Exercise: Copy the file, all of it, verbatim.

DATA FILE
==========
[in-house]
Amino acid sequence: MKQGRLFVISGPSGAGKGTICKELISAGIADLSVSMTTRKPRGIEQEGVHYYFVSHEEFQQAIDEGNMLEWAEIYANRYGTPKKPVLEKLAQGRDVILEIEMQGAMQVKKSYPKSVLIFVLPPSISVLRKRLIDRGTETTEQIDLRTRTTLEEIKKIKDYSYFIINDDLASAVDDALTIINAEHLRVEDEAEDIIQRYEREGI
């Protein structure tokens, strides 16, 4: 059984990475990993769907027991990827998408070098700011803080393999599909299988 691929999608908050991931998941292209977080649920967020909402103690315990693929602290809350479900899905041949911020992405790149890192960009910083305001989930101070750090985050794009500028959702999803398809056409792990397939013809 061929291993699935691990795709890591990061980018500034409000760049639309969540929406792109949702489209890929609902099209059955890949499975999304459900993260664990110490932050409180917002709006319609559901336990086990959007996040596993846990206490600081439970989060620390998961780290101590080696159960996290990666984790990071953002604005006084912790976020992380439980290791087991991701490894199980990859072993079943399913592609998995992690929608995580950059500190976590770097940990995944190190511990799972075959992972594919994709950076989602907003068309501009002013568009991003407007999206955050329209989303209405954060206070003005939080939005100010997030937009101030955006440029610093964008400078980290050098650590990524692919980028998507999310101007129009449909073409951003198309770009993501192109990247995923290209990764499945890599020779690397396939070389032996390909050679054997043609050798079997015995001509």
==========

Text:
[in-house]
Amino acid sequence: MKQGRLFVISGPSGAGKGTICKELISAGIADLSVSMTTRKPRGIEQEGVHYYFVSHEEFQQAIDEGNMLEWAEIYANRYGTPKKPVLEKLAQGRDVILEIEMQGAMQVKKSYPKSVLIFVLPPSISVLRKRLIDRGTETTEQIDLRTRTTLEEIKKIKDYSYFIINDDLASAVDDALTIINAEHLRVEDEAEDIIQRYEREGI
């Protein structure tokens, strides 16, 4: 059984990475990993769907027991990827998408070098700011803080393999599909299988 691929999608908050991931998941292209977080649920967020909402103690315990693929602290809350479900899905041949911020992405790149890192960009910083305001989930101070750090985050794009500028959702999803398809056409792990397939013809 061929291993699935691990795709890591990061980018500034409000760049639309969540929406792109949702489209890929609902099209059955890949499975999304459900993260664990110490932050409180917002709006319609559901336990086990959007996040596993846990206490600081439970989060620390998961780290101590080696159960996290990666984790990071953002604005006084912790976020992380439980290791087991991701490894199980990859072993079943399913592609998995992690929608995580950059500190976590770097940990995944190190511990799972075959992972594919994709950076989602907003068309501009002013568009991003407007999206955050329209989303209405954060206070003005939080939005100010997030937009101030955006440029610093964008400078980290050098650590990524692919980028998507999310101007129009449909073409951003198309770009993501192109990247995923290209990764499945890599020779690397396939070389032996390909050679054997043609050798079997015995001509």